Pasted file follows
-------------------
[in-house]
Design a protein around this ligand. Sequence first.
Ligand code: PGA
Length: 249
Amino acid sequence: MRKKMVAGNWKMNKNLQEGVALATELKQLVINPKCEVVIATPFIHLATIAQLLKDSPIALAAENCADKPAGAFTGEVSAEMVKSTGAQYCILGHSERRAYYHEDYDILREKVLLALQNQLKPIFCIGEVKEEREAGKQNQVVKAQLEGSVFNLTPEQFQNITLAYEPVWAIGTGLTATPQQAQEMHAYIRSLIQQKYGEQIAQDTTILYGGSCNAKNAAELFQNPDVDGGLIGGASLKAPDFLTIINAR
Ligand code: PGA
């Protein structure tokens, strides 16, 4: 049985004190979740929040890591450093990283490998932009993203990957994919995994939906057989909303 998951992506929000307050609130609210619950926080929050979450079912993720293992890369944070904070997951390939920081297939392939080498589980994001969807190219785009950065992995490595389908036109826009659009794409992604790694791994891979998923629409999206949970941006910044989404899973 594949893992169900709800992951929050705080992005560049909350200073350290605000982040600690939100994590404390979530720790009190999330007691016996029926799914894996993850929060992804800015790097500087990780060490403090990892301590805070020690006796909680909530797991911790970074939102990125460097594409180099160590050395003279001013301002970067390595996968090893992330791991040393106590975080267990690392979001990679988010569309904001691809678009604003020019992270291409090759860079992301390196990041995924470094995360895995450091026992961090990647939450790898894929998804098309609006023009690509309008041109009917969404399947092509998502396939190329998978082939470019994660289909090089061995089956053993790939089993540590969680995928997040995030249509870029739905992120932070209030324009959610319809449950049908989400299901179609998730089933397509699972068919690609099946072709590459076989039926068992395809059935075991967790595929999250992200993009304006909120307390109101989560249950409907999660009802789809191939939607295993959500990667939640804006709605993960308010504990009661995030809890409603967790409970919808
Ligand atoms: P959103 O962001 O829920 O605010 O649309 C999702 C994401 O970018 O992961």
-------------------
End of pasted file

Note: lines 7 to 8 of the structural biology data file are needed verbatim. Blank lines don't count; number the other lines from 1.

């Protein structure tokens, strides 16, 4: 049985004190979740929040890591450093990283490998932009993203990957994919995994939906057989909303 998951992506929000307050609130609210619950926080929050979450079912993720293992890369944070904070997951390939920081297939392939080498589980994001969807190219785009950065992995490595389908036109826009659009794409992604790694791994891979998923629409999206949970941006910044989404899973 594949893992169900709800992951929050705080992005560049909350200073350290605000982040600690939100994590404390979530720790009190999330007691016996029926799914894996993850929060992804800015790097500087990780060490403090990892301590805070020690006796909680909530797991911790970074939102990125460097594409180099160590050395003279001013301002970067390595996968090893992330791991040393106590975080267990690392979001990679988010569309904001691809678009604003020019992270291409090759860079992301390196990041995924470094995360895995450091026992961090990647939450790898894929998804098309609006023009690509309008041109009917969404399947092509998502396939190329998978082939470019994660289909090089061995089956053993790939089993540590969680995928997040995030249509870029739905992120932070209030324009959610319809449950049908989400299901179609998730089933397509699972068919690609099946072709590459076989039926068992395809059935075991967790595929999250992200993009304006909120307390109101989560249950409907999660009802789809191939939607295993959500990667939640804006709605993960308010504990009661995030809890409603967790409970919808
Ligand atoms: P959103 O962001 O829920 O605010 O649309 C999702 C994401 O970018 O992961």